An effort to resurrect parts of a dead permitting bill was abandoned on Friday night.
Officials from the Department of Natural Resources had been working with Rep. Cathy Muñoz, a Juneau Republican, to attach land exchange language from House Bill 77 to a separate bill concerning land sales.
The exchange provision would have allowed the DNR to trade state land for private land, as long as the properties were of equal value or DNR determined the exchange was in the state’s best interest.
The Department of Natural Resources pitched it as an uncontroversial part of a very controversial and recently abandoned bill. When HB 77 was under consideration, the land exchange portion got scant attention compared to sections on water reservations, appeals, and general permits. But environmental advocates have now objected to the land exchange language, arguing that it removed public notice provisions and could allow for sweetheart deals for development projects.
With permitting bill dead, some provisions may be resurrected
Lawmakers Shelving Controversial Permitting Bill
As public testimony floods in, permitting bill’s future uncertain
Despite revisions, opposition to permitting bill still vocal
Controversial permitting bill back for consideration
Tribal councils express opposition to permitting bill
DNR calls off public meetings for permitting bill
“Rather than short-cutting the process, we should take care whenever public lands and resources are being traded away to a private entity,” says Lisa Weissler, a former assistant attorney general who opposes the language.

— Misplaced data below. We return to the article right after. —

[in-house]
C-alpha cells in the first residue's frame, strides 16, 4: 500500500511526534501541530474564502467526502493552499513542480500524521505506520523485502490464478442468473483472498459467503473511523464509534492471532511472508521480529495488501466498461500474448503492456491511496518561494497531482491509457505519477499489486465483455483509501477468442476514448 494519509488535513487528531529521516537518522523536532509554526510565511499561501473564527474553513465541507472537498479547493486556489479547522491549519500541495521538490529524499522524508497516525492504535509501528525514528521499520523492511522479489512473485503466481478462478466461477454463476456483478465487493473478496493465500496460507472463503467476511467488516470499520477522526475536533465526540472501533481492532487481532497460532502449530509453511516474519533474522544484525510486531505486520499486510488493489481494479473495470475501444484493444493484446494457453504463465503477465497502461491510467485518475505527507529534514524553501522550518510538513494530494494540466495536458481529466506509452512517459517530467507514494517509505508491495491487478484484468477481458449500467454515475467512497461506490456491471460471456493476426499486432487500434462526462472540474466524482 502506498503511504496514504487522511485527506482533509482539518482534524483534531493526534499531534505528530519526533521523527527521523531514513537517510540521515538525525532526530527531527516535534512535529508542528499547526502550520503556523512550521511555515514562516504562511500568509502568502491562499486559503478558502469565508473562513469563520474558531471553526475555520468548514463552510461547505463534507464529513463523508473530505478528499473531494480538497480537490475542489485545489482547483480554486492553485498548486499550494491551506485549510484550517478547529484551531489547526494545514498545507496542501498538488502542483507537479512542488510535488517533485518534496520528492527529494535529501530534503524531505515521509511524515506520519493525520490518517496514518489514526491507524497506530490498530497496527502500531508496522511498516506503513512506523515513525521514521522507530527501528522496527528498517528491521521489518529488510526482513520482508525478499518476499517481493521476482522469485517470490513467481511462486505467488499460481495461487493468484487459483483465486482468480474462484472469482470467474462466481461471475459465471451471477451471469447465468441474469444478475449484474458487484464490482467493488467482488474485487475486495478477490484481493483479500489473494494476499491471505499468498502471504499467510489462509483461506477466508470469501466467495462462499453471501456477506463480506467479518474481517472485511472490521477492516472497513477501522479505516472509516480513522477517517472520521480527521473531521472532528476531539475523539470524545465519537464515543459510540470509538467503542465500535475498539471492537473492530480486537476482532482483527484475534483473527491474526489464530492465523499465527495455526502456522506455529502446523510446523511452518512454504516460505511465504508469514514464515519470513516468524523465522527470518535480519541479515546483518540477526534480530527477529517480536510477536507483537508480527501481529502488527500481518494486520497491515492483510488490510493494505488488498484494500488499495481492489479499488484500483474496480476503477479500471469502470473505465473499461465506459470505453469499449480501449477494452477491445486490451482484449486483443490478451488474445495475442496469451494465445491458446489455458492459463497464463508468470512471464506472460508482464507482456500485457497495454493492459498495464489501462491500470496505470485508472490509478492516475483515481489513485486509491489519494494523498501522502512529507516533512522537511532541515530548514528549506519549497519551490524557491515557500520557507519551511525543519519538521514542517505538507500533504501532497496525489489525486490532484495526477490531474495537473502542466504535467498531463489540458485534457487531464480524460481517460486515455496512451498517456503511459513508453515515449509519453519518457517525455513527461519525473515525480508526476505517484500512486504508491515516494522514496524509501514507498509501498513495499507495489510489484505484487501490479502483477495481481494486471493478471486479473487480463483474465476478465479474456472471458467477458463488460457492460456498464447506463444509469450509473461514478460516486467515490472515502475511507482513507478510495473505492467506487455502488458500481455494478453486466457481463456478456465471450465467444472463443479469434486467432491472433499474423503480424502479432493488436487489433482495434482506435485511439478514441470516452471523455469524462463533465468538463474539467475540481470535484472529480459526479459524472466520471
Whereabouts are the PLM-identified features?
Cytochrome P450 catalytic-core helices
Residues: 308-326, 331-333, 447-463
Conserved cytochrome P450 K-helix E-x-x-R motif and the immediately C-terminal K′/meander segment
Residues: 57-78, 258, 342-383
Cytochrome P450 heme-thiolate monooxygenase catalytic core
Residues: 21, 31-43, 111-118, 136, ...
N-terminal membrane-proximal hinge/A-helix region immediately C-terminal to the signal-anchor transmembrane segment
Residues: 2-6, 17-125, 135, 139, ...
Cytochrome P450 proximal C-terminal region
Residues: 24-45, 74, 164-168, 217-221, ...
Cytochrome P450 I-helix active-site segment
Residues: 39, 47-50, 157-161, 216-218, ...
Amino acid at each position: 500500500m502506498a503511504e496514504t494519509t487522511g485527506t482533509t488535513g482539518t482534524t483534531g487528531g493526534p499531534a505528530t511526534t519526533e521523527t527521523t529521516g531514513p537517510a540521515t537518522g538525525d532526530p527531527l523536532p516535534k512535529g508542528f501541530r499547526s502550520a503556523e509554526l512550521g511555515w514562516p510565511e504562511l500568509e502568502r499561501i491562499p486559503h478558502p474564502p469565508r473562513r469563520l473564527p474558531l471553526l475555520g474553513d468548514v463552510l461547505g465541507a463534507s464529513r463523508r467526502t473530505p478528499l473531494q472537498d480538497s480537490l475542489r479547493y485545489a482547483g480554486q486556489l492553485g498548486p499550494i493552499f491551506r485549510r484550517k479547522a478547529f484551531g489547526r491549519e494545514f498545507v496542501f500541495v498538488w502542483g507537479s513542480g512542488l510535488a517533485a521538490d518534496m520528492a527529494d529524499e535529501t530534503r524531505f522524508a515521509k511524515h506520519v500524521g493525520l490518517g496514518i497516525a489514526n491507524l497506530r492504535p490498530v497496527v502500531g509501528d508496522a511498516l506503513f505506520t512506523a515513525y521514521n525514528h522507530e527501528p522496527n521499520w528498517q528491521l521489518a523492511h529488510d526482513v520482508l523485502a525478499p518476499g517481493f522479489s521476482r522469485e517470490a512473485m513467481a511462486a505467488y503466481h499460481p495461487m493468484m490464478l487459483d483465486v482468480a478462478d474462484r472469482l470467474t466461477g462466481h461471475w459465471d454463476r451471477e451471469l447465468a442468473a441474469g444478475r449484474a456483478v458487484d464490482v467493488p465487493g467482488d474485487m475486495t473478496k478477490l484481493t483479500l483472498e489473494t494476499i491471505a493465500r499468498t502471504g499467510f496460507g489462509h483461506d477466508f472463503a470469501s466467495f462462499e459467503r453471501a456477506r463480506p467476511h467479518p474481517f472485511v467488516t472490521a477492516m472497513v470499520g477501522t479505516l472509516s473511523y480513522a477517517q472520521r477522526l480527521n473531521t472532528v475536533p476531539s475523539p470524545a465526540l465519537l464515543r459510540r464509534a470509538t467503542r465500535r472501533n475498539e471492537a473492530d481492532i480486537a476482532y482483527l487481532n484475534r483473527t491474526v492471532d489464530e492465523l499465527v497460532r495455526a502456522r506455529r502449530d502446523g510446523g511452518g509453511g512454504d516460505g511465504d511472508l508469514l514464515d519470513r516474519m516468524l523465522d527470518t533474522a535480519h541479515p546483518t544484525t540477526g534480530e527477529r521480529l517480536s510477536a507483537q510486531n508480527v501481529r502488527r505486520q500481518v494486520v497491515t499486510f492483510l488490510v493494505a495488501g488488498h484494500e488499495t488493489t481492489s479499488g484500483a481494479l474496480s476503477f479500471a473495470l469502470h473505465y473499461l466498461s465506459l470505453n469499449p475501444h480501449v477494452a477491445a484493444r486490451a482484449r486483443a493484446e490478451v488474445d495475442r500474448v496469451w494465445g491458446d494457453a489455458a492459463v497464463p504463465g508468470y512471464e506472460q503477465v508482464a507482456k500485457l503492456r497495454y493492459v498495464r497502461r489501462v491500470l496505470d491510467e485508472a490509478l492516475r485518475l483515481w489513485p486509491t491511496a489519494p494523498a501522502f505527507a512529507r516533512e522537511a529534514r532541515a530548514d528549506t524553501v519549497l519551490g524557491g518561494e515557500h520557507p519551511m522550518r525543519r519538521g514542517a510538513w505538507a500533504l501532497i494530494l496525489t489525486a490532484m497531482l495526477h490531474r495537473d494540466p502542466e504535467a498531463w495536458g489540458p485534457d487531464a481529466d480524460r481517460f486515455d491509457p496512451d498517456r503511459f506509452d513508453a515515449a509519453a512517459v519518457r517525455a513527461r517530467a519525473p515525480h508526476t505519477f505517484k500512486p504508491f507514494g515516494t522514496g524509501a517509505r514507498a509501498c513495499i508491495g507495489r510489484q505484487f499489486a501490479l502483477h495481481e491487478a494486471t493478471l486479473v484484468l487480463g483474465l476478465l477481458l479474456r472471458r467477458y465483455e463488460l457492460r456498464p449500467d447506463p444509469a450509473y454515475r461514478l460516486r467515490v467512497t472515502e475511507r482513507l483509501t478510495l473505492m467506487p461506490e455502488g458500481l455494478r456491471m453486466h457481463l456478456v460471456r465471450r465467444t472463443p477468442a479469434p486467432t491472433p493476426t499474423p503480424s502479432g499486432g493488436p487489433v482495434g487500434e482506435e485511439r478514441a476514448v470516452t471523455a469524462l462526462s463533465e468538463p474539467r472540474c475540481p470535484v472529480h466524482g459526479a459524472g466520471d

Rep. Muñoz had intended to offer land exchange language amendment to Senate Bill 106 either in a procedural committee or on the House floor. But when SB 106 came for a final vote on a Friday night, no amendment was offered.
Natural Resources Commissioner Joe Balash says the amendment was scrapped because of the immediate pushback.
“We were not going to ask anyone to take heat to do this, and there was a little bit of a heat generated by certain groups. So, no harm, no foul,” says Balash. “Hopefully we’ll have an opportunity in the future to look at some of these things, and specifically the land exchange piece, in a cooler time.”
Balash expects the language to come back next year in a standalone bill.
- A damaged traffic light prompted authorities to close lanes of Egan drive until repairs could be made. The light has been fixed.
- The window of a house was shot out in the Auke Bay area Saturday. No one was injured.
- The Walker administration has tasked the Southeast Conference to come up with reform recommendations for the Alaska Marine Highway System.
- At least 50 First Nations and tribes signed a treaty Thursday opposing tar sands expansion plans that they view as "a collective threat to our Nations."